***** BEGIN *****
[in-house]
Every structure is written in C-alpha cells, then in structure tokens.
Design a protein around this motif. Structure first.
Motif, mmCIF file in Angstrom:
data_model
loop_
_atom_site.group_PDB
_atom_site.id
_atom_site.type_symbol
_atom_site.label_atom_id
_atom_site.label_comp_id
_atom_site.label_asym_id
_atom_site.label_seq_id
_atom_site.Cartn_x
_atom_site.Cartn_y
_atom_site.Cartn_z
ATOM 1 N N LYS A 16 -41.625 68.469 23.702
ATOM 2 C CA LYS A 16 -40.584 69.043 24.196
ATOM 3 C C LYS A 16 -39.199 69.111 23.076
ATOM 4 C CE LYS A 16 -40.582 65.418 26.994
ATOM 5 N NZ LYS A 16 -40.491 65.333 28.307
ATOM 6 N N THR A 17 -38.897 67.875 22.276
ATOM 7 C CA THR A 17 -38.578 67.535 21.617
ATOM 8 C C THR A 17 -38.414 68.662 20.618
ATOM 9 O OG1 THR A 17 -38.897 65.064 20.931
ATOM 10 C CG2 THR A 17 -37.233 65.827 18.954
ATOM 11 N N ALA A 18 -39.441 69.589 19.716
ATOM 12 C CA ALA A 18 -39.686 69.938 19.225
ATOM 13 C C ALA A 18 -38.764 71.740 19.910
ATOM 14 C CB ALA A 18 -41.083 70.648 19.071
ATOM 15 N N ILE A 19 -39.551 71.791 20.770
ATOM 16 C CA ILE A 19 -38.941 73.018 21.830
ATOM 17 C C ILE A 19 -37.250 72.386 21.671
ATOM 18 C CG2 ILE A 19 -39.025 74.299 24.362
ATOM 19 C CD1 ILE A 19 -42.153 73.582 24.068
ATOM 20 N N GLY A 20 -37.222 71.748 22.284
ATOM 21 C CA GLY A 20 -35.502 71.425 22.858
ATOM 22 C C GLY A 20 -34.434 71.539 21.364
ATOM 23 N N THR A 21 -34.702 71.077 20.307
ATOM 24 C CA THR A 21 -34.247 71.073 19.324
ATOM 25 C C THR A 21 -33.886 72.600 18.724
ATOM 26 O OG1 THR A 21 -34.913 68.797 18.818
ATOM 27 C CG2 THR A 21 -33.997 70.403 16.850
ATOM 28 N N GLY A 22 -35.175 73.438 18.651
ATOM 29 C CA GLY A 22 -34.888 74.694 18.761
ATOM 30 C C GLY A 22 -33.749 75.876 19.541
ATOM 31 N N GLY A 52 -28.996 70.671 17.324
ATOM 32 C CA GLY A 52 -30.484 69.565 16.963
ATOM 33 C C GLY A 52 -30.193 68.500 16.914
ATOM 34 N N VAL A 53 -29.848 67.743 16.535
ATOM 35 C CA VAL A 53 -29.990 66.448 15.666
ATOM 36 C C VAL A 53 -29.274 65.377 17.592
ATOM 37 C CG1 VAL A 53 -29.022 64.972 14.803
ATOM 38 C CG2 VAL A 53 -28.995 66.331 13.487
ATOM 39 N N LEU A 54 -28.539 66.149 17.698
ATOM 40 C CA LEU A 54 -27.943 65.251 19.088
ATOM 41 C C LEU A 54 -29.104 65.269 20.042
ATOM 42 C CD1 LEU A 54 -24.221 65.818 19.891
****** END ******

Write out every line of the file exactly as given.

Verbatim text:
[in-house]
Every structure is written in C-alpha cells, then in structure tokens.
Design a protein around this motif. Structure first.
Motif, mmCIF file in Angstrom:
data_model
loop_
_atom_site.group_PDB
_atom_site.id
_atom_site.type_symbol
_atom_site.label_atom_id
_atom_site.label_comp_id
_atom_site.label_asym_id
_atom_site.label_seq_id
_atom_site.Cartn_x
_atom_site.Cartn_y
_atom_site.Cartn_z
ATOM 1 N N LYS A 16 -41.625 68.469 23.702
ATOM 2 C CA LYS A 16 -40.584 69.043 24.196
ATOM 3 C C LYS A 16 -39.199 69.111 23.076
ATOM 4 C CE LYS A 16 -40.582 65.418 26.994
ATOM 5 N NZ LYS A 16 -40.491 65.333 28.307
ATOM 6 N N THR A 17 -38.897 67.875 22.276
ATOM 7 C CA THR A 17 -38.578 67.535 21.617
ATOM 8 C C THR A 17 -38.414 68.662 20.618
ATOM 9 O OG1 THR A 17 -38.897 65.064 20.931
ATOM 10 C CG2 THR A 17 -37.233 65.827 18.954
ATOM 11 N N ALA A 18 -39.441 69.589 19.716
ATOM 12 C CA ALA A 18 -39.686 69.938 19.225
ATOM 13 C C ALA A 18 -38.764 71.740 19.910
ATOM 14 C CB ALA A 18 -41.083 70.648 19.071
ATOM 15 N N ILE A 19 -39.551 71.791 20.770
ATOM 16 C CA ILE A 19 -38.941 73.018 21.830
ATOM 17 C C ILE A 19 -37.250 72.386 21.671
ATOM 18 C CG2 ILE A 19 -39.025 74.299 24.362
ATOM 19 C CD1 ILE A 19 -42.153 73.582 24.068
ATOM 20 N N GLY A 20 -37.222 71.748 22.284
ATOM 21 C CA GLY A 20 -35.502 71.425 22.858
ATOM 22 C C GLY A 20 -34.434 71.539 21.364
ATOM 23 N N THR A 21 -34.702 71.077 20.307
ATOM 24 C CA THR A 21 -34.247 71.073 19.324
ATOM 25 C C THR A 21 -33.886 72.600 18.724
ATOM 26 O OG1 THR A 21 -34.913 68.797 18.818
ATOM 27 C CG2 THR A 21 -33.997 70.403 16.850
ATOM 28 N N GLY A 22 -35.175 73.438 18.651
ATOM 29 C CA GLY A 22 -34.888 74.694 18.761
ATOM 30 C C GLY A 22 -33.749 75.876 19.541
ATOM 31 N N GLY A 52 -28.996 70.671 17.324
ATOM 32 C CA GLY A 52 -30.484 69.565 16.963
ATOM 33 C C GLY A 52 -30.193 68.500 16.914
ATOM 34 N N VAL A 53 -29.848 67.743 16.535
ATOM 35 C CA VAL A 53 -29.990 66.448 15.666
ATOM 36 C C VAL A 53 -29.274 65.377 17.592
ATOM 37 C CG1 VAL A 53 -29.022 64.972 14.803
ATOM 38 C CG2 VAL A 53 -28.995 66.331 13.487
ATOM 39 N N LEU A 54 -28.539 66.149 17.698
ATOM 40 C CA LEU A 54 -27.943 65.251 19.088
ATOM 41 C C LEU A 54 -29.104 65.269 20.042
ATOM 42 C CD1 LEU A 54 -24.221 65.818 19.891